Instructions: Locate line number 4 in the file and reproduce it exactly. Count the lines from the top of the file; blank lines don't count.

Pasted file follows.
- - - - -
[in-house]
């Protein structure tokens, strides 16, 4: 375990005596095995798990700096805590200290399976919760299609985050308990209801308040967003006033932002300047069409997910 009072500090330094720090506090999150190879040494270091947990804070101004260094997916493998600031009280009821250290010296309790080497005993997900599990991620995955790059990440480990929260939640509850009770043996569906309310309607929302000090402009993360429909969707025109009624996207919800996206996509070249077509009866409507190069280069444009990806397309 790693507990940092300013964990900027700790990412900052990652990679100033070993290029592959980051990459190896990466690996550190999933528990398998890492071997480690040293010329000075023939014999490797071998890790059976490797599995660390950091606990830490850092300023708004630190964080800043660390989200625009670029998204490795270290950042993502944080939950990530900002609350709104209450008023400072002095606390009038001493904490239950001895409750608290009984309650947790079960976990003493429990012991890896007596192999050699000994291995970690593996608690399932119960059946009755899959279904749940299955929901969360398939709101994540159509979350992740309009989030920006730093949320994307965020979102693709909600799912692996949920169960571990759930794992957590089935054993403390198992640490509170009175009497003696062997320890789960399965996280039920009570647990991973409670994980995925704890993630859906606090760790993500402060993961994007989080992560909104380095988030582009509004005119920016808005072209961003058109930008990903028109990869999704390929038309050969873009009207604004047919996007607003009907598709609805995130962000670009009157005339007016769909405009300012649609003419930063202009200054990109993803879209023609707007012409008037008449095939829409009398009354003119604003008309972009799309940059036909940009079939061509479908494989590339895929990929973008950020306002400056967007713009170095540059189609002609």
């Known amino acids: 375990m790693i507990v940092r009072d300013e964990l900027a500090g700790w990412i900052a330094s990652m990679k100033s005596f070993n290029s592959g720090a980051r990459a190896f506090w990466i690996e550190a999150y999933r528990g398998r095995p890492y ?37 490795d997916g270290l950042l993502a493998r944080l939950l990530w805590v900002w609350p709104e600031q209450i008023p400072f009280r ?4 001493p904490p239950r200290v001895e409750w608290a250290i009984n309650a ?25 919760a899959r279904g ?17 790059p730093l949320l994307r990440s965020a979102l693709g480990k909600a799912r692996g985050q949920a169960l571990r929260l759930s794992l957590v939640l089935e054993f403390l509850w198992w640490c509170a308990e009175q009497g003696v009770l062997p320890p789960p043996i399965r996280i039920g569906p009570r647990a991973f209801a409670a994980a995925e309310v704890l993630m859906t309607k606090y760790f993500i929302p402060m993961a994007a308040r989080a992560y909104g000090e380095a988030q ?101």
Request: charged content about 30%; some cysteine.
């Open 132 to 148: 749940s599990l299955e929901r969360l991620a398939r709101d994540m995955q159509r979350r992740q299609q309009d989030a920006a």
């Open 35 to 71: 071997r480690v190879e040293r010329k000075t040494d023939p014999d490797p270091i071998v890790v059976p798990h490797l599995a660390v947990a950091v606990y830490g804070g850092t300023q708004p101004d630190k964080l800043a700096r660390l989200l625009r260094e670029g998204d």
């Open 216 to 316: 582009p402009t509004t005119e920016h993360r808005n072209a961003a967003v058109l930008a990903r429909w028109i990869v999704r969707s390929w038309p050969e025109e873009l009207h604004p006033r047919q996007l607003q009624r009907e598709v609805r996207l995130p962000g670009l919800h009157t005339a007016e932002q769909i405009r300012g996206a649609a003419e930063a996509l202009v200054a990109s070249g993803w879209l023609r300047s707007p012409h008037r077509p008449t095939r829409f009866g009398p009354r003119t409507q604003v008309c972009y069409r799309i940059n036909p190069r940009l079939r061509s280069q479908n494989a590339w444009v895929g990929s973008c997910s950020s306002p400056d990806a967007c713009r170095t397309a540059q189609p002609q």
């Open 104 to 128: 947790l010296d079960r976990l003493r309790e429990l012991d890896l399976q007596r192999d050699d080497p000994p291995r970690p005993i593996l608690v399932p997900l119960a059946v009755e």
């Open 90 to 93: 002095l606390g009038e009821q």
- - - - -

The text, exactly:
Request: charged content about 30%; some cysteine.